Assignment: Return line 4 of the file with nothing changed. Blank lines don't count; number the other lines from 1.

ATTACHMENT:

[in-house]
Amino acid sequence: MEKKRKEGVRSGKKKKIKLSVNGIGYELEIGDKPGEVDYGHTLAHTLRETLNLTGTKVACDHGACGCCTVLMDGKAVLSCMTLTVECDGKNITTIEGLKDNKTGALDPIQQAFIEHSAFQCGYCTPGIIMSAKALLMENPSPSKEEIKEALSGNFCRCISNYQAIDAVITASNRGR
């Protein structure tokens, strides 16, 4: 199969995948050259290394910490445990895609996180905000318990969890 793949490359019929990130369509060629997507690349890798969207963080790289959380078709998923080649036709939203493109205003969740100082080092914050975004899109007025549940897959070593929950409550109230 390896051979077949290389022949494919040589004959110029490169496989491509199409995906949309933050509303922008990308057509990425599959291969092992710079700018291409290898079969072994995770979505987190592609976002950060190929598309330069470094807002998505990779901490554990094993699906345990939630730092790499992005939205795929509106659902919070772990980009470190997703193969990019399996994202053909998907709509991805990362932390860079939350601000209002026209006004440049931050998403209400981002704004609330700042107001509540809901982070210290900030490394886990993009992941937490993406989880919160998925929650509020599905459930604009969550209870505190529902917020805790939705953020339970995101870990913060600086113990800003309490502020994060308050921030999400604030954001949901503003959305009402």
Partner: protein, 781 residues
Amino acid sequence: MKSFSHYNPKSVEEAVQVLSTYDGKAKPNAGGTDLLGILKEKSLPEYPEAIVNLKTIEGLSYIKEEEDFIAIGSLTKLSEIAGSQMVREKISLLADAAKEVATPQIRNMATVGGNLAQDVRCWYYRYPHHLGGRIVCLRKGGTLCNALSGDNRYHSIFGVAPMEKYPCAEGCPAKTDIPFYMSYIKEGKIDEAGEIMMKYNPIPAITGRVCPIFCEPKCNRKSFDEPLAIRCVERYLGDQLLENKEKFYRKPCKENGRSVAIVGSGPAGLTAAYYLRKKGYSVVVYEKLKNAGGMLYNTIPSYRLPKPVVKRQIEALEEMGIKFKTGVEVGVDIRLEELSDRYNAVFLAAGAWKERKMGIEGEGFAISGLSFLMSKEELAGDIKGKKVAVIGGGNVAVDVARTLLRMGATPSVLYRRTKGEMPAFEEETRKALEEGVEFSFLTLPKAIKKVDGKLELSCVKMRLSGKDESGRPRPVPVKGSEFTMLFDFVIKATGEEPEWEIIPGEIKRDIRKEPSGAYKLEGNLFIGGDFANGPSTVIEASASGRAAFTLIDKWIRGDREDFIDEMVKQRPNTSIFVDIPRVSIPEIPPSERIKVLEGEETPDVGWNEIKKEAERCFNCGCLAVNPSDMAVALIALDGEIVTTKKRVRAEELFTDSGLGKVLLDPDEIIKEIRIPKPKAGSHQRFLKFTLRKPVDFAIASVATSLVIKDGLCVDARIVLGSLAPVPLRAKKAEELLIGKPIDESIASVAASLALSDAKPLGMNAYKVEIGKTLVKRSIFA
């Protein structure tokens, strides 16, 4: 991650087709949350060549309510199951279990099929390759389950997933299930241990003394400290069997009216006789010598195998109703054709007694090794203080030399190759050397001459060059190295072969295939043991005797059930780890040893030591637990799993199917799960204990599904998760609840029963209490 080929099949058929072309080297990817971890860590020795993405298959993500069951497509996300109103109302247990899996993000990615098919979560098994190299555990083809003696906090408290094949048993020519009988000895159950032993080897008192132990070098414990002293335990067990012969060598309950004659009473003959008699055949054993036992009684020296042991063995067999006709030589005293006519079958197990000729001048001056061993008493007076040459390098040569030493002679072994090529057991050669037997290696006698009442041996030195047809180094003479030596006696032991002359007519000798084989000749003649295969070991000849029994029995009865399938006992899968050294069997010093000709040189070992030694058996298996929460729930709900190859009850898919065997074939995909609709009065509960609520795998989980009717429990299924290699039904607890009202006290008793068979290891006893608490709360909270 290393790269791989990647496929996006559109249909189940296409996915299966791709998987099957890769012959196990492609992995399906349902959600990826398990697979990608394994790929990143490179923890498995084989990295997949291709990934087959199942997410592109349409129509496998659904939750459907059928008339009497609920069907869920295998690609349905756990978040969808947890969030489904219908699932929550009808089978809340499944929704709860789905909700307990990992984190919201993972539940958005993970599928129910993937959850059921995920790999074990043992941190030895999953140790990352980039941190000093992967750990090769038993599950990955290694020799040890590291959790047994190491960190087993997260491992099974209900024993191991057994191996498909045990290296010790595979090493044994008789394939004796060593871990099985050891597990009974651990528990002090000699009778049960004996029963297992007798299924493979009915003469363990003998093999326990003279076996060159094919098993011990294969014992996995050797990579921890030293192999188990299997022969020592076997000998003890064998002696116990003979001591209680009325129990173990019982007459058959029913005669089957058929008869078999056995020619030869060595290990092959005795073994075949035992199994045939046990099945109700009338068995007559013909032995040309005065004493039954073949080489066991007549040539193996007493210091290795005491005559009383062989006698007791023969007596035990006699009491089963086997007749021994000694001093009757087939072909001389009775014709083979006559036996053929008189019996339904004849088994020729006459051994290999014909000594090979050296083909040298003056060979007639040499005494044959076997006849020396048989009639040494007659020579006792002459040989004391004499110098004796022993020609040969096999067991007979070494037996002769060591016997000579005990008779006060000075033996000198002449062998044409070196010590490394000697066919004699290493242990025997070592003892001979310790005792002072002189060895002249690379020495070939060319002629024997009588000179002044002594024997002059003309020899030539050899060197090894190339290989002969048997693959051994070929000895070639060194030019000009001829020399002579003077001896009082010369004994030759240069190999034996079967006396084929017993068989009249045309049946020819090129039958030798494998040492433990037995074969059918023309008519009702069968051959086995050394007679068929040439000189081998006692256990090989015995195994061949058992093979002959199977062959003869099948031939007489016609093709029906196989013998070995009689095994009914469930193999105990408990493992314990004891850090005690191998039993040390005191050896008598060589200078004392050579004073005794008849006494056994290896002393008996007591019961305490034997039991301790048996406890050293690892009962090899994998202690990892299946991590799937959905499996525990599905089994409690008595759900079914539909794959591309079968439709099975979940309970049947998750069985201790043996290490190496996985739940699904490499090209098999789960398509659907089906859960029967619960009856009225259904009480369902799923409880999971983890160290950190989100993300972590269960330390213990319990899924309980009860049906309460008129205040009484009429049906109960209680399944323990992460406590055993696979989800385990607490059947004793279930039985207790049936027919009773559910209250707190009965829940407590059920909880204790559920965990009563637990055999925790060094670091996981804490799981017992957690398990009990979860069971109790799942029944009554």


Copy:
Partner: protein, 781 residues